Jake: The upside is [crosstalk] sweet glasses though so.
Bill: I did get these and I appreciate the people over there. I appreciate them giving me a shot. But I mean, you got to call a spade a spade. They fumbled the ball, I think.
Jake: I mean, I would start with just being able to search DMs. That would be a– [laughs]
Bill: That’s what they said to me. They were like, “Oh, you want a Slack function you should just do it in your DMs.” I was like, “Have you guys ever used your own DMs?” You can’t find anything in the DM chat.
Jake: No. It’s unworkable.
Bill: Yeah, so, Blade is saying discord. Well, I don’t want to have to start my own discord. If I wanted to do that, I would just charge the $10 a month outside of Twitter and not pay Apple 30% and not pay Twitter eventually. It just doesn’t make any sense.
Tobias: Do you want to handicap the ATVI Microsoft trust risk there?
Bill: No. There are really smart people that do that for a living. I’m not one of them.
Jake: But if you had to guess?
Tobias: This is a podcast, sir.
Jake: Yeah. Don’t worry about that.
Bill: I don’t know.
Tobias: What do they feel about vertical integration? Because that’s basically what’s happening on Xbox plus those games.
Tobias: It’s a fragmented market. It’s only less than 5% market share.
Jake: Well, we’re not. They’re asleep at the wheel. There’s no–
Tobias: That’s the one that they’re going to go after of all this stuff.
Jake: Of all this stuff. This is the one they’re–
Bill: I don’t know. You don’t have the most friendly administration to this stuff. I could see them. I could actually– saying that they got their heads up their butts are actually very good reason to argue that this gets blocked. I was thinking about whether or not there’s another company that could come over the top, but I don’t think so. $65 billion is a lot of money.
Tobias: I see a Twitter, Jack Dorsey stepped away from running Twitter. Someone’s got the comment. Brent: Dorsey stepping away. Personally, I like founder led businesses better. Do you know what has vastly improved since Jack Dorsey left Twitter? Is Jack Dorsey’s Twitter account excellent now” He’s gone.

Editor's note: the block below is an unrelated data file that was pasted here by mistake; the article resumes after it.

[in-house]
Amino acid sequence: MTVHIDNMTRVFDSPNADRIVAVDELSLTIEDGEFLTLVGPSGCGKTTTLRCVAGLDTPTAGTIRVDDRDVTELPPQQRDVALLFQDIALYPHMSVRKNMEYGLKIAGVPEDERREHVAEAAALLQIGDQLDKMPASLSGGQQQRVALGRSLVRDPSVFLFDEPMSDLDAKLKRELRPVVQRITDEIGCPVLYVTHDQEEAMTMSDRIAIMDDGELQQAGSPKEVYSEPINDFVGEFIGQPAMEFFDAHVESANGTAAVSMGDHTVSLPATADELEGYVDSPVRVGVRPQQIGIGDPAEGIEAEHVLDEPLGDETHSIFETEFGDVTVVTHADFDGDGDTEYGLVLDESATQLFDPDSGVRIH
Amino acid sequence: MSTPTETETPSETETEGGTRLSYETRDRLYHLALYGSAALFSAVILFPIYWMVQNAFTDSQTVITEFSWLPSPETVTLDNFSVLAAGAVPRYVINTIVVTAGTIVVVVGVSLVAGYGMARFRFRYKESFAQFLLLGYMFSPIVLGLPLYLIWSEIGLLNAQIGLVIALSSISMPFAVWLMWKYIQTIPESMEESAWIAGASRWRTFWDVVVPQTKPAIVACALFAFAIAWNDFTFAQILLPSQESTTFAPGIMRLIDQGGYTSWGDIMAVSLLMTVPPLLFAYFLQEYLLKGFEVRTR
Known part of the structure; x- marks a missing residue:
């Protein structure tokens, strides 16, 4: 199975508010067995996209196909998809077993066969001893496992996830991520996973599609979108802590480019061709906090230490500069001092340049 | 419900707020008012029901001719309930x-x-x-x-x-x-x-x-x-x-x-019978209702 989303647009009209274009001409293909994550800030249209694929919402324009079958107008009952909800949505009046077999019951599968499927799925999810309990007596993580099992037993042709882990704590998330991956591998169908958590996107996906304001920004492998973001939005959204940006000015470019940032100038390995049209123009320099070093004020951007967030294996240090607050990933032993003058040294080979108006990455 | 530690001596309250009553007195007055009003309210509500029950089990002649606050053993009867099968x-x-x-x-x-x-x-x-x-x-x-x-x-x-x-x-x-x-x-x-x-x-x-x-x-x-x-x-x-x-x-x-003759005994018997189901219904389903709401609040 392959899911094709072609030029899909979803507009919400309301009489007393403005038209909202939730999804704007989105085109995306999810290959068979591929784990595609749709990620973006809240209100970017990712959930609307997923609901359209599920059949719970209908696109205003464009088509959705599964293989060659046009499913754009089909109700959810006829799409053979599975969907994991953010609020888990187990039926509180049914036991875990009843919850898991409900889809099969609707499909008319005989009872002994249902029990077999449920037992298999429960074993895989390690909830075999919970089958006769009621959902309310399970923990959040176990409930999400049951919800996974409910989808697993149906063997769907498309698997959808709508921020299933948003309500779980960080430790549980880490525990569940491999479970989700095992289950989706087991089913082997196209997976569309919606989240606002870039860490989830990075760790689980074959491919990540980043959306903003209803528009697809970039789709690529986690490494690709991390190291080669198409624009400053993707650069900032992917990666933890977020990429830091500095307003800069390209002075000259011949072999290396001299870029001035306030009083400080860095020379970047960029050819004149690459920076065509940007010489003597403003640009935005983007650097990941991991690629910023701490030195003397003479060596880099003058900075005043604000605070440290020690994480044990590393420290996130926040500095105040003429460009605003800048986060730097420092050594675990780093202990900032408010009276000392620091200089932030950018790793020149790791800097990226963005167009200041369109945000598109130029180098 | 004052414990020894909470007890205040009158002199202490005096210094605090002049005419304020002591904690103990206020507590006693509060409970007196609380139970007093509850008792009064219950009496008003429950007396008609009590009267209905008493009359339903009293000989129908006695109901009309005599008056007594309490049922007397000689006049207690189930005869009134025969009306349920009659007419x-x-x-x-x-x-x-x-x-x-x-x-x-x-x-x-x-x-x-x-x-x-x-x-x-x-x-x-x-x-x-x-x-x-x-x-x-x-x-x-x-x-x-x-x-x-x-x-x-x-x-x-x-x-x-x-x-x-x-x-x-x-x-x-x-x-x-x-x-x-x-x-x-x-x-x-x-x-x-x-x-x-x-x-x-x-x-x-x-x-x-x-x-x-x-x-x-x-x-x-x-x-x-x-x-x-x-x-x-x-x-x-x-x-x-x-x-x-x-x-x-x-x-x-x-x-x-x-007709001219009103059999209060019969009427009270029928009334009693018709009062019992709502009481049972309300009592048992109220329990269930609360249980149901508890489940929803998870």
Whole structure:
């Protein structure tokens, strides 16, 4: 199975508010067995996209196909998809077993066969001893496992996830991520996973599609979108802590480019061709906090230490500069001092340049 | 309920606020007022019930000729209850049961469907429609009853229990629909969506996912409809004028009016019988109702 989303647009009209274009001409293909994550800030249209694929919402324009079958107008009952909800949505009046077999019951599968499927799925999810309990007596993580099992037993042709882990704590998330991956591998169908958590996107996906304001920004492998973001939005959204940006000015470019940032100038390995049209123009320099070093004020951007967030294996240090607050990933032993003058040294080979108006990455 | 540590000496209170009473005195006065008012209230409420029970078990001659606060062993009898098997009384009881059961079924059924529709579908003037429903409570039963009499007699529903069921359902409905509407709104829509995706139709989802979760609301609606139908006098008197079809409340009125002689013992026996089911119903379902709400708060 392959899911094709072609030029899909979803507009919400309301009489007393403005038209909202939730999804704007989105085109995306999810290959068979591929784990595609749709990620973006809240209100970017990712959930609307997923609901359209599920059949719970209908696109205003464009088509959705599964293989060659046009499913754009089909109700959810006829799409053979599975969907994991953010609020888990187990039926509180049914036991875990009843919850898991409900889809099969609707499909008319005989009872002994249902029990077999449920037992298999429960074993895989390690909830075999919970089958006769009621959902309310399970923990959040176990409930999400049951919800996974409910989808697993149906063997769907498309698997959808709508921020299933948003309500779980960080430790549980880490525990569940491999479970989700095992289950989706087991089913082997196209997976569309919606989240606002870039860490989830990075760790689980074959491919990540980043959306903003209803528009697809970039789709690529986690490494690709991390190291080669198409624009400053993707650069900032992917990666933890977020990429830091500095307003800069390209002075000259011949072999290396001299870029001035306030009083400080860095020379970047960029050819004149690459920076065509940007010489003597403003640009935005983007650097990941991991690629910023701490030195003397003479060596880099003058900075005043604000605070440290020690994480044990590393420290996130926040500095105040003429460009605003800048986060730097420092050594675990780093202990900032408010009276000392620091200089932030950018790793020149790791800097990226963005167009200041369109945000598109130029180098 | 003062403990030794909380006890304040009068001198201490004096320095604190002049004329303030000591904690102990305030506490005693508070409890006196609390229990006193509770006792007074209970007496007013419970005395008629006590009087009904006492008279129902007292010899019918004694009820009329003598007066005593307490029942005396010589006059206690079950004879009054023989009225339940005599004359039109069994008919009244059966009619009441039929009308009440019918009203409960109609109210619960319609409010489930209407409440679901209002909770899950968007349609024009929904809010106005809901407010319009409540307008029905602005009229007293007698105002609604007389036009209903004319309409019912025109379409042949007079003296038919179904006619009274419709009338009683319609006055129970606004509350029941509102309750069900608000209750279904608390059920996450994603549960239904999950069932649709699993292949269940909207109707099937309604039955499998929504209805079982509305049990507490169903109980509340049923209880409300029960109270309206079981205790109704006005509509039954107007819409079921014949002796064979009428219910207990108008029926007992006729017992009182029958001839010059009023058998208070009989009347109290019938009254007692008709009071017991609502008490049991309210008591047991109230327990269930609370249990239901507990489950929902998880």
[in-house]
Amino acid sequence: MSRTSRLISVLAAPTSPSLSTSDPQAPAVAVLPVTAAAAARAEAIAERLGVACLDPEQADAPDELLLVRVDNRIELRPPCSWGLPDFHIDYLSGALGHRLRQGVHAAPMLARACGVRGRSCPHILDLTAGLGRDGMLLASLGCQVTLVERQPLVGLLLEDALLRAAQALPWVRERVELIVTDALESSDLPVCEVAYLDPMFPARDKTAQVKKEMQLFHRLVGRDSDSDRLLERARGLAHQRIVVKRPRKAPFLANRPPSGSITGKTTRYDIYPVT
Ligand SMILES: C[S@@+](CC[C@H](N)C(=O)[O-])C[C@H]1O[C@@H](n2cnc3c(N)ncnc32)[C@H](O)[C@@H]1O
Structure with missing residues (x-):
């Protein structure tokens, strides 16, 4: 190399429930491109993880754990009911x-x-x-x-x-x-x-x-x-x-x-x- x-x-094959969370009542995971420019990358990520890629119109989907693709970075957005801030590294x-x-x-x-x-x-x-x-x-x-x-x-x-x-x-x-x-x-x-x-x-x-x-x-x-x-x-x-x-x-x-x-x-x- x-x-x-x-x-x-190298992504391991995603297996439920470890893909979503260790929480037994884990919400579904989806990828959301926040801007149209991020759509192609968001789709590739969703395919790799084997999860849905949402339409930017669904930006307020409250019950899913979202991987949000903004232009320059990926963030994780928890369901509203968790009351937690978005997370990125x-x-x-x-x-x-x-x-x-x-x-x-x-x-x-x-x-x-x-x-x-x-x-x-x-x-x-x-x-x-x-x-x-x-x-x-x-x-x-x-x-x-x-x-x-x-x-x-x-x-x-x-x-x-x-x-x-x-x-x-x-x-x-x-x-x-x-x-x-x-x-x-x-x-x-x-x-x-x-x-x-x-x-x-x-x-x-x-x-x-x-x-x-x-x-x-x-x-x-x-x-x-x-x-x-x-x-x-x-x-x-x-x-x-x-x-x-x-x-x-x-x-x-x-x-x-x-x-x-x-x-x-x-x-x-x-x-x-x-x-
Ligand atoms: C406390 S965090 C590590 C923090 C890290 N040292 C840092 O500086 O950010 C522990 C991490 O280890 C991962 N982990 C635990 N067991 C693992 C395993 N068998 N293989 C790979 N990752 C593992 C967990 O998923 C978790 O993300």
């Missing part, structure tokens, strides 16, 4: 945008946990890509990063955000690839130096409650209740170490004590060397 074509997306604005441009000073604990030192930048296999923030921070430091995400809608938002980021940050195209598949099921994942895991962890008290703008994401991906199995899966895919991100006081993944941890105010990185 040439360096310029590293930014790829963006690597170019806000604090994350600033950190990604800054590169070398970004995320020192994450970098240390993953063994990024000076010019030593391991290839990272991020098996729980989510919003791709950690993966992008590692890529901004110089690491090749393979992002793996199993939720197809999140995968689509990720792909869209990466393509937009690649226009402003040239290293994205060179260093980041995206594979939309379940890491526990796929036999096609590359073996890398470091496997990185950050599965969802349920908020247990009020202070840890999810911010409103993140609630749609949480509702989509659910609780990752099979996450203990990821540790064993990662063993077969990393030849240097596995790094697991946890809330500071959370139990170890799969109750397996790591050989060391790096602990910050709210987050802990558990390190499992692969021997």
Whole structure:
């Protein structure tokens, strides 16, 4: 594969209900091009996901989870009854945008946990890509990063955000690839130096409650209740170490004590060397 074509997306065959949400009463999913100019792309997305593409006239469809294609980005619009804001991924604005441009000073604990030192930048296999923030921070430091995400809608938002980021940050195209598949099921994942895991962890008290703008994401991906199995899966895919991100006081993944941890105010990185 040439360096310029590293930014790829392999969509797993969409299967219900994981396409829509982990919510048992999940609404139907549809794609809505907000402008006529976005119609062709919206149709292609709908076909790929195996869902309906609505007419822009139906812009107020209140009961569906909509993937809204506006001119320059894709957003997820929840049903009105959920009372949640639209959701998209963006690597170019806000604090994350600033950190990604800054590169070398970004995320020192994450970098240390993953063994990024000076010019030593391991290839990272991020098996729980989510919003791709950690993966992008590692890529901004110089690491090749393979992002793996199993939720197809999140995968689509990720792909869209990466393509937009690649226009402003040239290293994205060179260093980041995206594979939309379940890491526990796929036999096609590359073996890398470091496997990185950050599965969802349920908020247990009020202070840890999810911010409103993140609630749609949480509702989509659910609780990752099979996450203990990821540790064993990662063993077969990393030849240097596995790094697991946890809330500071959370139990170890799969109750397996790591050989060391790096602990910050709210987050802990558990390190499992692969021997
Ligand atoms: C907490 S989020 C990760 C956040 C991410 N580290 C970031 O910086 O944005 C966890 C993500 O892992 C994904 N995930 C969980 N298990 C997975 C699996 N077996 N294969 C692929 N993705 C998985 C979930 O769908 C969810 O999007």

Jake: Is that right?
Tobias and Bill: Yeah.
Bill: It took him leaving defined Twitter. It was amazing.
Bill: He got all combative against people that got really great.
Jake: [unintelligible [00:59:51] leaving?
Tobias: The Twitter account is great. Yeah, he’s an inflationist. So, this is going to be interesting.
Bill: The other reason this take is the wrong is like, “Okay, Steve Jobs is gone from Apple.” Guess what happened? It went parabolic.” You can like founder-led companies. That’s fine. But what happened to Google when they left? I think that there’re some good examples of founders stepping away [crosstalk] and unlocking value.
Tobias: Have they left? Haven’t they got human shield–?
Bill: Well, they’re not CEOs of Alphabet.
Tobias: Yeah. They control all the stock. All the other stock is just like coupons.
Bill: Yeah. You got a different manager in your path.
Tobias: Yeah. But that’s a human shield. Something goes bad, the manager gets shot and those guys just sit in the background. They don’t have to show up to the office. There’s someone else in there. They got a good idea. They just pick up the phone and say, this is what we’re implementing. Now, go do that. That’s a good job.
Jake: That’s really sweet. That’s a sweet job. My advice would be to get a job like that.
Tobias: Do you think Jack can search DMs? Jack can search everybody’s DMs?
Bill: No, I don’t think so. I think even Jack can’t search [crosstalk]
Jake: He has [unintelligible [01:00:59] God moats.
Tobias: That’s time, dudes.
Bill: You lose stuff in DMs. Jack can’t search what’s lost.
Tobias: I can’t even search our DMs that we’ve got one ongoing thing, I can’t find what I want and that.
Bill: Part of the reason I was late today, I mean, it’s not the whole reason, but a decent amount is like, I’m looking for the Zoom code. I just need to save it somewhere else because every time I’m trying to find it DMs, I’m like, “Oh, my God, there’s so many DMs.”
Tobias: It’s too hard.
Bill: Anyway, if you reach out to me on DM and I don’t reach back out to you, this is part of the problem.
Jake: Blame Jack.
Bill: Yeah, that’s right.